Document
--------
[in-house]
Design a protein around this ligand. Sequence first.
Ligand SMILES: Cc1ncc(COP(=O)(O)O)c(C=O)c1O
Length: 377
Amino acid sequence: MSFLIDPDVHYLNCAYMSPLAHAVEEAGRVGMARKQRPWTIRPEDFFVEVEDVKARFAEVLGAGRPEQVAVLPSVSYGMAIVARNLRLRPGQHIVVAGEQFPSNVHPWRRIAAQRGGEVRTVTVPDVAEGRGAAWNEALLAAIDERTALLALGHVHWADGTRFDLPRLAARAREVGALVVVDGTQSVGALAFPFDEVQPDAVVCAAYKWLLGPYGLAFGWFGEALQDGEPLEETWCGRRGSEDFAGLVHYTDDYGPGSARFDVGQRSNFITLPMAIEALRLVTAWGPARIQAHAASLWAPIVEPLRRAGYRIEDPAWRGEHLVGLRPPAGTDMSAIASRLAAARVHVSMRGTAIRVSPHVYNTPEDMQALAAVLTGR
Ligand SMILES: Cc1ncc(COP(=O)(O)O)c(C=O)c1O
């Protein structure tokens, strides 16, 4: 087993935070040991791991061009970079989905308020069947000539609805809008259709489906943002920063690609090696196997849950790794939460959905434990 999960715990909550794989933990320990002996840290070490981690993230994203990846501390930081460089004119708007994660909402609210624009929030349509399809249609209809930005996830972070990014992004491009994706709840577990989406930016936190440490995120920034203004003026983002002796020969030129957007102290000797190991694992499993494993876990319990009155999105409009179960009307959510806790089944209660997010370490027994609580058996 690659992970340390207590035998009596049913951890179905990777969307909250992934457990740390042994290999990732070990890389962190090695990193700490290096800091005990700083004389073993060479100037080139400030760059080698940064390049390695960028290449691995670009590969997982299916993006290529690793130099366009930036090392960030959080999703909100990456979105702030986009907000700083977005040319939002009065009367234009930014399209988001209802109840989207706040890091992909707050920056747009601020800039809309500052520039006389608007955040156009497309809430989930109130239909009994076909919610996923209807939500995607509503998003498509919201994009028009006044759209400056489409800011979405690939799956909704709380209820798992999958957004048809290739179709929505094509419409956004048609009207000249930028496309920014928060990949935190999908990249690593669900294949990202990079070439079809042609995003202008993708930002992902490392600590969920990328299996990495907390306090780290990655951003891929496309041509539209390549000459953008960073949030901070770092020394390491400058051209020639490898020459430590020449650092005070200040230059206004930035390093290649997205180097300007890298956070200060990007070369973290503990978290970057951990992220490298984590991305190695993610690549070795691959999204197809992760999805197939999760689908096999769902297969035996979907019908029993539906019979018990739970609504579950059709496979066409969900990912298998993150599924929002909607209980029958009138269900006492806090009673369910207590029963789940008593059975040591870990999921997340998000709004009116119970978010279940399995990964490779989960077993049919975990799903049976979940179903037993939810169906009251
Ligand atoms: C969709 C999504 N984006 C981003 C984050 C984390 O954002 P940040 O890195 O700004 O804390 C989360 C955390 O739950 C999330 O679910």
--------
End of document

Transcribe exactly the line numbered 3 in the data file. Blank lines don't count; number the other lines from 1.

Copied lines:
Ligand SMILES: Cc1ncc(COP(=O)(O)O)c(C=O)c1O